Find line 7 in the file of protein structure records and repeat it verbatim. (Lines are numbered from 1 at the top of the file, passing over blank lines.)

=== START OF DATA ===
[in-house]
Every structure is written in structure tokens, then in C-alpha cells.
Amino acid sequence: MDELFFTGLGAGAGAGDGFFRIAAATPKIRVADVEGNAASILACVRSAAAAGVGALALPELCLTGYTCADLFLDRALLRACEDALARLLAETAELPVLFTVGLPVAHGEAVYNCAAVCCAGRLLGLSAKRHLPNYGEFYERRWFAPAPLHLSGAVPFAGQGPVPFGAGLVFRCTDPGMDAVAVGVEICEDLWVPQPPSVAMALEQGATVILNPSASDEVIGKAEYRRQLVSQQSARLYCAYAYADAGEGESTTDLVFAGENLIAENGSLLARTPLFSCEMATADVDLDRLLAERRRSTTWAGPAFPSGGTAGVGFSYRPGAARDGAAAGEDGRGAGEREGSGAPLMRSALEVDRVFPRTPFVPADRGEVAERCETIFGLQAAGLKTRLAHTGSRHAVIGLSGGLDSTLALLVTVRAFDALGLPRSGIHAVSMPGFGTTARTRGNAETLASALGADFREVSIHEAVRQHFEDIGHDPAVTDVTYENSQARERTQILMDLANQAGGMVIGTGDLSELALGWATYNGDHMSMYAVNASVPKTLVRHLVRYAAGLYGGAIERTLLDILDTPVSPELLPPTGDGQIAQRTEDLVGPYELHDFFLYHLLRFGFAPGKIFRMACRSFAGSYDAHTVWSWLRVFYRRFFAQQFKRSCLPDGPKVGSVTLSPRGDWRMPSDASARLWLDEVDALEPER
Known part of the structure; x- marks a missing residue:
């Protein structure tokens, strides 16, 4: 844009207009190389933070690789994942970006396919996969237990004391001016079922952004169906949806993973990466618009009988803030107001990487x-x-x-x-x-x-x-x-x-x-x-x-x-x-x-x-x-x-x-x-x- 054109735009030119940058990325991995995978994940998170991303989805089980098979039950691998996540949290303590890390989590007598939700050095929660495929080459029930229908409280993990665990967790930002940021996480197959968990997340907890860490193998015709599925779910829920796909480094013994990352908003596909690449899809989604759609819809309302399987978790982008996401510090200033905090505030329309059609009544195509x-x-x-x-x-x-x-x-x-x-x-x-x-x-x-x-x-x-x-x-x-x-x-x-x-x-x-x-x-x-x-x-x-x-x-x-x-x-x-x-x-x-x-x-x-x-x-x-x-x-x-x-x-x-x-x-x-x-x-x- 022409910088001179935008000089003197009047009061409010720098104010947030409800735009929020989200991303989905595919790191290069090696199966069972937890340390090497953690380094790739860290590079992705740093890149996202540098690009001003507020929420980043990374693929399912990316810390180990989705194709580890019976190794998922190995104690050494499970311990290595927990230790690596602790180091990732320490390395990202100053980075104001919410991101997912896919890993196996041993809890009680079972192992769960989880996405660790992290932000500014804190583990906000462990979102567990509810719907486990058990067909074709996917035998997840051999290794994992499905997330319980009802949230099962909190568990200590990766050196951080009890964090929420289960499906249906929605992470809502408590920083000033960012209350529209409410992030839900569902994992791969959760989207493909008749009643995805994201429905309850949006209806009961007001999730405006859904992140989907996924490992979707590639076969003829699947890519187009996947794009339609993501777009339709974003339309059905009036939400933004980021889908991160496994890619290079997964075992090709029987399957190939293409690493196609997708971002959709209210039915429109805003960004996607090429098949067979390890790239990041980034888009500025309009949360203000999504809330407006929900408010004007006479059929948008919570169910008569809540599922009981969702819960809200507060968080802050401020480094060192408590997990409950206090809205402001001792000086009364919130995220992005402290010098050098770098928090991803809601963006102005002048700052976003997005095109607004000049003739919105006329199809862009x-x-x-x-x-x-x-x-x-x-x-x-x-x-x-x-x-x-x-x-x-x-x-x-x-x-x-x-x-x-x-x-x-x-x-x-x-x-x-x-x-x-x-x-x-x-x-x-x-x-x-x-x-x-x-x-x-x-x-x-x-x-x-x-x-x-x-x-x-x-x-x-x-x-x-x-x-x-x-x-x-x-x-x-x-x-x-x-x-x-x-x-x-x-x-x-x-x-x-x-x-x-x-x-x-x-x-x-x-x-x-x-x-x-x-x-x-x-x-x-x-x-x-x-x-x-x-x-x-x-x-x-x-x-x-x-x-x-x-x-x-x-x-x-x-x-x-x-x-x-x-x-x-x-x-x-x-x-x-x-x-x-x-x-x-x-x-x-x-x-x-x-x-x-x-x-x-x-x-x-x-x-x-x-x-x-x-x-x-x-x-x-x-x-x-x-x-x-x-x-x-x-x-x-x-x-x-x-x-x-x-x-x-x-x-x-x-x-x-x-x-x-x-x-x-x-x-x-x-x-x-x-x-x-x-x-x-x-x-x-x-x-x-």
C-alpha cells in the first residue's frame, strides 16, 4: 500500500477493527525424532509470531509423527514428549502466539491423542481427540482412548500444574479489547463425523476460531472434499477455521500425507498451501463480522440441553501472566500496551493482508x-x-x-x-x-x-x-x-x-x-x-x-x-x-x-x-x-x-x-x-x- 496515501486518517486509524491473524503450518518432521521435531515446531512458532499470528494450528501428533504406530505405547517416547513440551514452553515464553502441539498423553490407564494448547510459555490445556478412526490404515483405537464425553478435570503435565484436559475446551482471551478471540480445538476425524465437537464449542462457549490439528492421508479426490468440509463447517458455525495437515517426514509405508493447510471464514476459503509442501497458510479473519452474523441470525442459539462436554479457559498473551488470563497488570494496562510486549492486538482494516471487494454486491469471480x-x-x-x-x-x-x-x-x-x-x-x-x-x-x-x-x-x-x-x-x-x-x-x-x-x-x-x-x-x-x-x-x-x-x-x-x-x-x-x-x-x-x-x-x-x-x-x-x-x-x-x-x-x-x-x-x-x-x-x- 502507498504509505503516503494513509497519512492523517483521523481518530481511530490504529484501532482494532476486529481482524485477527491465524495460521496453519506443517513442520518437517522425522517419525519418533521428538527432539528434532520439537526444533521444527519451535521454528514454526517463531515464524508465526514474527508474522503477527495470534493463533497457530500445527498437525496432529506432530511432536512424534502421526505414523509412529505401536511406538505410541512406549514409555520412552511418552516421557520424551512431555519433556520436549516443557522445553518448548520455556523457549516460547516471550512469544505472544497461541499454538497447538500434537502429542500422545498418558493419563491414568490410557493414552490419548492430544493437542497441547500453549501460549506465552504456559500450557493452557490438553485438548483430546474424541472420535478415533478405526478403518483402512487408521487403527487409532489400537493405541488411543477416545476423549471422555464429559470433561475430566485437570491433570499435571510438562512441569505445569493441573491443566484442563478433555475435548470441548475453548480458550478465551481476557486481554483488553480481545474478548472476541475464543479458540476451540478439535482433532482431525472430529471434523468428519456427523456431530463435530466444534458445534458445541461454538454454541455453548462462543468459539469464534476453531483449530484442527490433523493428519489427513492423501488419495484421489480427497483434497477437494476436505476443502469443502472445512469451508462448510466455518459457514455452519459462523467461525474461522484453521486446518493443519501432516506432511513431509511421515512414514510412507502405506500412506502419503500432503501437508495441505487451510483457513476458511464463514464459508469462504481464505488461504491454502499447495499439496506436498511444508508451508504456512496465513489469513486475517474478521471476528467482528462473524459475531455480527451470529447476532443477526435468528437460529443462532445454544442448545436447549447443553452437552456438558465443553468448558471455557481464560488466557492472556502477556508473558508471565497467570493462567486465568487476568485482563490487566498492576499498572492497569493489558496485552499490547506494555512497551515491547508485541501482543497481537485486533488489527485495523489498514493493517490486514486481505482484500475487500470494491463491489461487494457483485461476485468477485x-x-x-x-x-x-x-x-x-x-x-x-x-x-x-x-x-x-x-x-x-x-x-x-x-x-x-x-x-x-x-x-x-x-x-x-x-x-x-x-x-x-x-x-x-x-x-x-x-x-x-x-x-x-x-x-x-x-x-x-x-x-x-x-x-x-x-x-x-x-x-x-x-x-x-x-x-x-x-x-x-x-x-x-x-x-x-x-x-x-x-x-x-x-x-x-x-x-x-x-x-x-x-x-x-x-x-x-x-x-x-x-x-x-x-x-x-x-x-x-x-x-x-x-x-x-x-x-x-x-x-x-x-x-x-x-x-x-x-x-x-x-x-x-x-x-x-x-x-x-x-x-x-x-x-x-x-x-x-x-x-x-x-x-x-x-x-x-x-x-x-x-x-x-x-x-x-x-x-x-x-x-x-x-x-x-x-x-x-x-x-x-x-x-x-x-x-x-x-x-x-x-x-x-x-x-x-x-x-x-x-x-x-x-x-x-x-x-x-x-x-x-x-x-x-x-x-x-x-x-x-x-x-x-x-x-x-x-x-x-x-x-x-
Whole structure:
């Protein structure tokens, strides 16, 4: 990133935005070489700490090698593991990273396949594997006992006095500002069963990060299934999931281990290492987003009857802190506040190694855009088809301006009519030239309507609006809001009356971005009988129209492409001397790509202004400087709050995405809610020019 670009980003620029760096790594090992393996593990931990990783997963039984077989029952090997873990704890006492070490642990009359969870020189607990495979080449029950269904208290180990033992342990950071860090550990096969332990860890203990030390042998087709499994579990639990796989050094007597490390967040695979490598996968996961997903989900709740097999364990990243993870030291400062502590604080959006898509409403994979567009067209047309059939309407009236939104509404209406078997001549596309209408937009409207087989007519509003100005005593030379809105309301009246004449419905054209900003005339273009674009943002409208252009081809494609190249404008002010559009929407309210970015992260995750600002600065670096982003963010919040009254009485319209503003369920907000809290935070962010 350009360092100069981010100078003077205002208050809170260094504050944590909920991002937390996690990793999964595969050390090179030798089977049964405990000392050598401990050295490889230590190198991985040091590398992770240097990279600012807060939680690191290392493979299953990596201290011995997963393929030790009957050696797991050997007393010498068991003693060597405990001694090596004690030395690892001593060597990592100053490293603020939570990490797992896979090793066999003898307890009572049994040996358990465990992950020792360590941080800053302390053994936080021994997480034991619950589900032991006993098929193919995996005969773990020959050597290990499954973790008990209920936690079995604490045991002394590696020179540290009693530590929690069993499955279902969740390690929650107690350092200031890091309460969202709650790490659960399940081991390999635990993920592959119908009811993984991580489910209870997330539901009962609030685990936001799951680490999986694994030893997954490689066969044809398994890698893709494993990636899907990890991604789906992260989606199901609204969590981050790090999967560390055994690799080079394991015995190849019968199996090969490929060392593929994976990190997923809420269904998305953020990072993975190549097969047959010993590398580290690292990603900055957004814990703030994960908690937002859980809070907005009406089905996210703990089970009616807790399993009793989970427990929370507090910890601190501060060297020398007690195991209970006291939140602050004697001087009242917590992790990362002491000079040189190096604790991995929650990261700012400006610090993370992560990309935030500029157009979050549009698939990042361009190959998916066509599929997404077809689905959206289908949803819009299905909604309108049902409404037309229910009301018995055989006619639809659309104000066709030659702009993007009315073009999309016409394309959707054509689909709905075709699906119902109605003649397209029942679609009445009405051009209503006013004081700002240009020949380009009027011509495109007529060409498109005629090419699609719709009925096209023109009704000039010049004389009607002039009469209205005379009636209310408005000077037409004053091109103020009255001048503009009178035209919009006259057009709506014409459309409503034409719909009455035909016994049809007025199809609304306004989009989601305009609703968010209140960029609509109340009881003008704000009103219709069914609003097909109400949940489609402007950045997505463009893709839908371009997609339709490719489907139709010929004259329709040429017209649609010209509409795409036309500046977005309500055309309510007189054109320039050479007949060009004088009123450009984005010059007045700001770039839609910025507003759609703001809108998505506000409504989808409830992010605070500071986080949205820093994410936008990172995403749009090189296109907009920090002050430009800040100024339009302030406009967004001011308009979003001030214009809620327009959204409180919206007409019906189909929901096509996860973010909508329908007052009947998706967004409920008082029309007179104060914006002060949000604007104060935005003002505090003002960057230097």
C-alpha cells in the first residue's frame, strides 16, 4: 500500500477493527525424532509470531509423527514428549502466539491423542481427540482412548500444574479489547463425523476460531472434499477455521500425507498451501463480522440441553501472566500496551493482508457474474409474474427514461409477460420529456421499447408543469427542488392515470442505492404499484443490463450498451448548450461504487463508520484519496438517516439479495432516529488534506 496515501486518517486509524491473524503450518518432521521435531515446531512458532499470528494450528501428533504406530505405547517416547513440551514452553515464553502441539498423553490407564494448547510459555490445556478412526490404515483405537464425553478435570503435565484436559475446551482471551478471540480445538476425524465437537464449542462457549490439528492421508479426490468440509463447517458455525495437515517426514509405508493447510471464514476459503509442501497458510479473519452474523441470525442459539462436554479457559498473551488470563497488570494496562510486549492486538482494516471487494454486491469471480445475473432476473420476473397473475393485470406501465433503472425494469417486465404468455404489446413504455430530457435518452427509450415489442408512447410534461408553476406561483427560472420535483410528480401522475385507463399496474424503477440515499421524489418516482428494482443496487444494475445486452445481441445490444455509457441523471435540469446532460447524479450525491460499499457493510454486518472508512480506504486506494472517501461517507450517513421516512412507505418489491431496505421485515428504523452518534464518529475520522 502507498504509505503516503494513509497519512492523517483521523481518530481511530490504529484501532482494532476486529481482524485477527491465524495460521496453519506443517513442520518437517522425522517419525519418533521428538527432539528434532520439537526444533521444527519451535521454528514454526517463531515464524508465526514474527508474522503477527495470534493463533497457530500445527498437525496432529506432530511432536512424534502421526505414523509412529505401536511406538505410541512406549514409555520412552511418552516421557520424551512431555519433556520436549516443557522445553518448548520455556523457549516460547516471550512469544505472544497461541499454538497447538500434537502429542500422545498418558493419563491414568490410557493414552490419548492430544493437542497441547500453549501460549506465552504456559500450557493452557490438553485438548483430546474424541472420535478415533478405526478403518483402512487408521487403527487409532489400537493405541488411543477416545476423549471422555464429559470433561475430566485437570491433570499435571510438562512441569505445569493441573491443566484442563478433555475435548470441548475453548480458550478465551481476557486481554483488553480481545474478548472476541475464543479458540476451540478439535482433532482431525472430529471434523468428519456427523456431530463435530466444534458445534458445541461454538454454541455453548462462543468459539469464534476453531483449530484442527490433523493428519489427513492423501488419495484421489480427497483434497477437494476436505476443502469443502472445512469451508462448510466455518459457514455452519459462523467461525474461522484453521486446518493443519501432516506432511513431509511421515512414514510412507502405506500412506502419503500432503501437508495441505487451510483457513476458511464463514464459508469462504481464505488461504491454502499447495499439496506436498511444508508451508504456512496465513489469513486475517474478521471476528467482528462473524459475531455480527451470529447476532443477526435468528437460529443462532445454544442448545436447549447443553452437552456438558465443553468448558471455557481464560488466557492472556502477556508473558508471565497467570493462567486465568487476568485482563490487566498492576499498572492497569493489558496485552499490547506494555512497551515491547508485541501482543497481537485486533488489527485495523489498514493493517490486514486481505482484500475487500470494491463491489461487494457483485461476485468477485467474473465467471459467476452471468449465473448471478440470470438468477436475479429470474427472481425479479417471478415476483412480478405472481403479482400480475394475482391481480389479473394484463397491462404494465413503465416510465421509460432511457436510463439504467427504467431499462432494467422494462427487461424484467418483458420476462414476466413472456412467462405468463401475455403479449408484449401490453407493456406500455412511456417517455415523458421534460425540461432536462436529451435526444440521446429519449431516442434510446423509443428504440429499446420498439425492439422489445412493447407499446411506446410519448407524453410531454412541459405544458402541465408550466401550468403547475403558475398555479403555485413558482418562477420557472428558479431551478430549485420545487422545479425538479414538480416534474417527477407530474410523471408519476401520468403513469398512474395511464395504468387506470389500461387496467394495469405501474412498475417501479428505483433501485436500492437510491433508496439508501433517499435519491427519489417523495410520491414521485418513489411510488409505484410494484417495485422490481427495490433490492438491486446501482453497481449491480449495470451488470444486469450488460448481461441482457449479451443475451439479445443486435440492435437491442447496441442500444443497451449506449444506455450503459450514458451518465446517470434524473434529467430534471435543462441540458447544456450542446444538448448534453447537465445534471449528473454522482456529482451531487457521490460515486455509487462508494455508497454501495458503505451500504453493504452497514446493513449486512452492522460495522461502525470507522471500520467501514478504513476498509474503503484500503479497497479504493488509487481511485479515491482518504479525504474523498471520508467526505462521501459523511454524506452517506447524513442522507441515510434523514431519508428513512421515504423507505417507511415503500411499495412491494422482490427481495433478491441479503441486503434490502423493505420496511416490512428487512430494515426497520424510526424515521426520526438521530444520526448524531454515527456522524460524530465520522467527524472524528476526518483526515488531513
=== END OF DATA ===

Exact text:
Whole structure: